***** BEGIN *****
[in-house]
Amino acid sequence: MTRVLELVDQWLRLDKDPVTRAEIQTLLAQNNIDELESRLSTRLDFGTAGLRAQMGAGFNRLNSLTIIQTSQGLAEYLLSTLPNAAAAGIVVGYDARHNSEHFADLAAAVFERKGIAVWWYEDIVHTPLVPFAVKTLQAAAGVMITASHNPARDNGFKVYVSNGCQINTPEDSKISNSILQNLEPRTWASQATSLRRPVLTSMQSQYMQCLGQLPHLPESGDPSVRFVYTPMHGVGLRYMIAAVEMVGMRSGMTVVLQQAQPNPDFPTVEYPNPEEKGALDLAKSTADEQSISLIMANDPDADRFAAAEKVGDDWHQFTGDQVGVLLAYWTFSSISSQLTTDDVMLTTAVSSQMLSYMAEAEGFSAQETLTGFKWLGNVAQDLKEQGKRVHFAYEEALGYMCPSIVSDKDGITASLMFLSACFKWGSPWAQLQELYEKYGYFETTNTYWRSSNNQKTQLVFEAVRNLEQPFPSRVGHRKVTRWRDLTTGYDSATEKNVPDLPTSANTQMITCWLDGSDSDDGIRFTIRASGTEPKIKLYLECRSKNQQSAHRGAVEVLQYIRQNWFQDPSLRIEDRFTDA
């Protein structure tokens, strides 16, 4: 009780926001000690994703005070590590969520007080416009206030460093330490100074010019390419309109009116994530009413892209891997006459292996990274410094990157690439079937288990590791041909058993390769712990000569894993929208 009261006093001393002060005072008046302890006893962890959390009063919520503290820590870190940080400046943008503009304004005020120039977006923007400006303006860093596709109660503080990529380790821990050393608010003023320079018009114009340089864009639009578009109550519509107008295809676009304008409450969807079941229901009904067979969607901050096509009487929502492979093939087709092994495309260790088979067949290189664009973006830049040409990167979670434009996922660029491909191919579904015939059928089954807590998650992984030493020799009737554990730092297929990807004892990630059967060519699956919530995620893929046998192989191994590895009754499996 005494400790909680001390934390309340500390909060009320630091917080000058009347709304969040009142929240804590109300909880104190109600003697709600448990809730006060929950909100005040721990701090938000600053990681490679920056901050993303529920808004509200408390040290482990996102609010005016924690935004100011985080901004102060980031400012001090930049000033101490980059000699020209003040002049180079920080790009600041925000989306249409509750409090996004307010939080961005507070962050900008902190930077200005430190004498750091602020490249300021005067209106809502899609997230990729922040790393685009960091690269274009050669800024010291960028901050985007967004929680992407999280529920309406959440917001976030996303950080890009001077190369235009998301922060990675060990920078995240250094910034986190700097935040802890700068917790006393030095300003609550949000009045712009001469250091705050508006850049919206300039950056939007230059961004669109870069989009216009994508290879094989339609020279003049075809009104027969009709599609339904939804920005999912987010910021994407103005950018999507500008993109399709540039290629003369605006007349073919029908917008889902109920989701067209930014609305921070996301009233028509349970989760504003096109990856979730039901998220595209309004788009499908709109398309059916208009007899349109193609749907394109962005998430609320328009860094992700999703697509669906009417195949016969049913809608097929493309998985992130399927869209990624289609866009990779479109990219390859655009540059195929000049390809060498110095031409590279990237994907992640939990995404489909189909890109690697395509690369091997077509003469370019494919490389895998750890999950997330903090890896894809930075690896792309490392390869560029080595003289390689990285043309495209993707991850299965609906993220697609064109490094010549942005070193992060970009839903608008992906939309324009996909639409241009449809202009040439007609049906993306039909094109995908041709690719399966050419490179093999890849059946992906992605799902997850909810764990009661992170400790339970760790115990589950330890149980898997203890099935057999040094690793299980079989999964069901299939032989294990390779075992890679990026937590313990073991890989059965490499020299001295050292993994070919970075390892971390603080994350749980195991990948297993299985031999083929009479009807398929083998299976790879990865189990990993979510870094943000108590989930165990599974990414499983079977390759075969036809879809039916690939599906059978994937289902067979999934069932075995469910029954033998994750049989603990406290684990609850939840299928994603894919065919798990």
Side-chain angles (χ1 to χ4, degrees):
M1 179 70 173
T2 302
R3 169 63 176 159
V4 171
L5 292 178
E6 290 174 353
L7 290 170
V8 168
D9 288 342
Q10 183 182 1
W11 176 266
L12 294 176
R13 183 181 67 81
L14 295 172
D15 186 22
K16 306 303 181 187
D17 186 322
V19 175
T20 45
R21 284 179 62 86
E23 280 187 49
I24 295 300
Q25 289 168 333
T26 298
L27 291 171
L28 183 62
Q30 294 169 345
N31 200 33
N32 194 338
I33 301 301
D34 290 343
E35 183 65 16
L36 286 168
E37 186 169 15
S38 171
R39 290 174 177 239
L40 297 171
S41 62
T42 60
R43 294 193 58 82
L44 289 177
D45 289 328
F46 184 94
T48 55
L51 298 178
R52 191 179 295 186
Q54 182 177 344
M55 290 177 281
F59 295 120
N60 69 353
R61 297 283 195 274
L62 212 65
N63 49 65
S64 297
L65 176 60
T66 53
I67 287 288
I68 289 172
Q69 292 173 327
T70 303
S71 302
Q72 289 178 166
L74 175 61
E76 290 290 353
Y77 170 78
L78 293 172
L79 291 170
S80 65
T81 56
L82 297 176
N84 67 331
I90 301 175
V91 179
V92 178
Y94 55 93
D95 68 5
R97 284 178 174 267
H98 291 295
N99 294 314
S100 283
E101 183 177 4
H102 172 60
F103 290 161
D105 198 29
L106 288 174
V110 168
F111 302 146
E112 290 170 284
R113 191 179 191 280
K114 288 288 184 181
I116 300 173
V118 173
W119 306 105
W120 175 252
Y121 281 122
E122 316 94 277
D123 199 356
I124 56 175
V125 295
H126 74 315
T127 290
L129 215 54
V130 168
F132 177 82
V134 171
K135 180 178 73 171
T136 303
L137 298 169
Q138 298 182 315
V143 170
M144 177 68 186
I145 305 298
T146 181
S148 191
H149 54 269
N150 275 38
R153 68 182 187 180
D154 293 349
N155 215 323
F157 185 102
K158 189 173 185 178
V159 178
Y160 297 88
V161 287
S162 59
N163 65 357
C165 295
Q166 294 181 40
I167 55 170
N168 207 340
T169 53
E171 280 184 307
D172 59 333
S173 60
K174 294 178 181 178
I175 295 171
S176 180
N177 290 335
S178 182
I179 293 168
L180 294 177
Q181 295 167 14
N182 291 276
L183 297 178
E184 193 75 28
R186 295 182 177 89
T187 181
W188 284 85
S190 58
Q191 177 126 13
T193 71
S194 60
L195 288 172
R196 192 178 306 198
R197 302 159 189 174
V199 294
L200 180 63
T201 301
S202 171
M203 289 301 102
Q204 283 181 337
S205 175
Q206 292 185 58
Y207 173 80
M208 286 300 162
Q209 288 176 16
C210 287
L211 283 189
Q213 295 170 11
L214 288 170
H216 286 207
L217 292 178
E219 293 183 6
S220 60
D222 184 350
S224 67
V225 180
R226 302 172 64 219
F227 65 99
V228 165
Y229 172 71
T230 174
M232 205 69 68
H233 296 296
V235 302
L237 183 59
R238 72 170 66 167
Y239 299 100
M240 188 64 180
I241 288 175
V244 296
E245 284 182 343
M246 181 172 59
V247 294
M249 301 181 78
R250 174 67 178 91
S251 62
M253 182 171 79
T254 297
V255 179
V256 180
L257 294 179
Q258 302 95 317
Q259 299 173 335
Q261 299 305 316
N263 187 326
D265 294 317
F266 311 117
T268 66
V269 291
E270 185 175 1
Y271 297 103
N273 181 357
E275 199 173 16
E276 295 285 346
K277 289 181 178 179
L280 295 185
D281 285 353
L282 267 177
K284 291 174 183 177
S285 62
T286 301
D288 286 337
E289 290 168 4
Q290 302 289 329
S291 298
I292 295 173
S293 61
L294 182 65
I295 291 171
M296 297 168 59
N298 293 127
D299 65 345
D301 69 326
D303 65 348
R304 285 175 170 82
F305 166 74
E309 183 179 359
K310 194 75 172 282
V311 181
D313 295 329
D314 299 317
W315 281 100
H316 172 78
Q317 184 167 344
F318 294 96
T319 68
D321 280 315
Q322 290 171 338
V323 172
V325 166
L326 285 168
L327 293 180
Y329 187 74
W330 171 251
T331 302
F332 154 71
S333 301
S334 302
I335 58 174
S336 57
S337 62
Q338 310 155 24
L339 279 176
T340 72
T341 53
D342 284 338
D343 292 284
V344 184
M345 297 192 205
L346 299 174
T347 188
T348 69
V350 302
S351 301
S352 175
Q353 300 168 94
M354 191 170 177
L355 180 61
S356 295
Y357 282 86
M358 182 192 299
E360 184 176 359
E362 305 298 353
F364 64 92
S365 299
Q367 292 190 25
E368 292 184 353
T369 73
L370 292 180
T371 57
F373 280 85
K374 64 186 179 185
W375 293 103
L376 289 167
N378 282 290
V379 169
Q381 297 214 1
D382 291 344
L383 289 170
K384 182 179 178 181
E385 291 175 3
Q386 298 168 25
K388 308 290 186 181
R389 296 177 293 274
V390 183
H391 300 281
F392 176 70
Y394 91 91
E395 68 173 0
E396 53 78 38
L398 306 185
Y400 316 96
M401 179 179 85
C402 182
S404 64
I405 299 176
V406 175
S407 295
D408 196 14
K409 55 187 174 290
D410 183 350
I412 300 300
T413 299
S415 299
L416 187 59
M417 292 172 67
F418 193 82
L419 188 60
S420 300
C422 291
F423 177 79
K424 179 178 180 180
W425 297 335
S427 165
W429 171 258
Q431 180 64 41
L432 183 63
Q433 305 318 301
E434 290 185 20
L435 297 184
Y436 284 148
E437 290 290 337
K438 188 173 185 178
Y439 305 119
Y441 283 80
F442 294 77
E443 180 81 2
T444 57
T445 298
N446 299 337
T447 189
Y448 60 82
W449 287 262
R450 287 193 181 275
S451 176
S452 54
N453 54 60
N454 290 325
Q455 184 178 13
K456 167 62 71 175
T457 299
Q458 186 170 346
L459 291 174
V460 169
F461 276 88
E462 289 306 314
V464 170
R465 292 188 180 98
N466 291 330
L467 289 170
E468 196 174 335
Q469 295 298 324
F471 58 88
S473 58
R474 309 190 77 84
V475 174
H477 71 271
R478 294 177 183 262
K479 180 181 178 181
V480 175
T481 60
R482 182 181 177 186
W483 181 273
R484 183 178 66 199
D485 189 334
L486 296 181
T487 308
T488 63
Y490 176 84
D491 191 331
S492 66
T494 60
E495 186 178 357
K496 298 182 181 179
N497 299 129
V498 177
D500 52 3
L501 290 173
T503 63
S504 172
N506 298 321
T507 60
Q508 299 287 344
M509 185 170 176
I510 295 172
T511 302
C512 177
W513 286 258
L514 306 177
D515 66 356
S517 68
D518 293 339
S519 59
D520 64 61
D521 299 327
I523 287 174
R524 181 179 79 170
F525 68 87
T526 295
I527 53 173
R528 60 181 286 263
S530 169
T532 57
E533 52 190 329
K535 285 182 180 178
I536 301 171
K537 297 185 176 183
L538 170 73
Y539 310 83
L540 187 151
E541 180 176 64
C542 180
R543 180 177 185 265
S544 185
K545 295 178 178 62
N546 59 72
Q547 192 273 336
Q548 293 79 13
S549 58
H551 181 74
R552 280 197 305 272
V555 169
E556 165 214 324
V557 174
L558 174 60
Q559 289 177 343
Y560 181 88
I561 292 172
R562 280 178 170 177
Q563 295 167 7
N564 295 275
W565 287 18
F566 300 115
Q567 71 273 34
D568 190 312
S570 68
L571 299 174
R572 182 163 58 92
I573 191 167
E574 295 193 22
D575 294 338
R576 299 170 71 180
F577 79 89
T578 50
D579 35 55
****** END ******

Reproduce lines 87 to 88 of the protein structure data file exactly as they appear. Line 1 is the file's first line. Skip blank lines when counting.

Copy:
F103 290 161
D105 198 29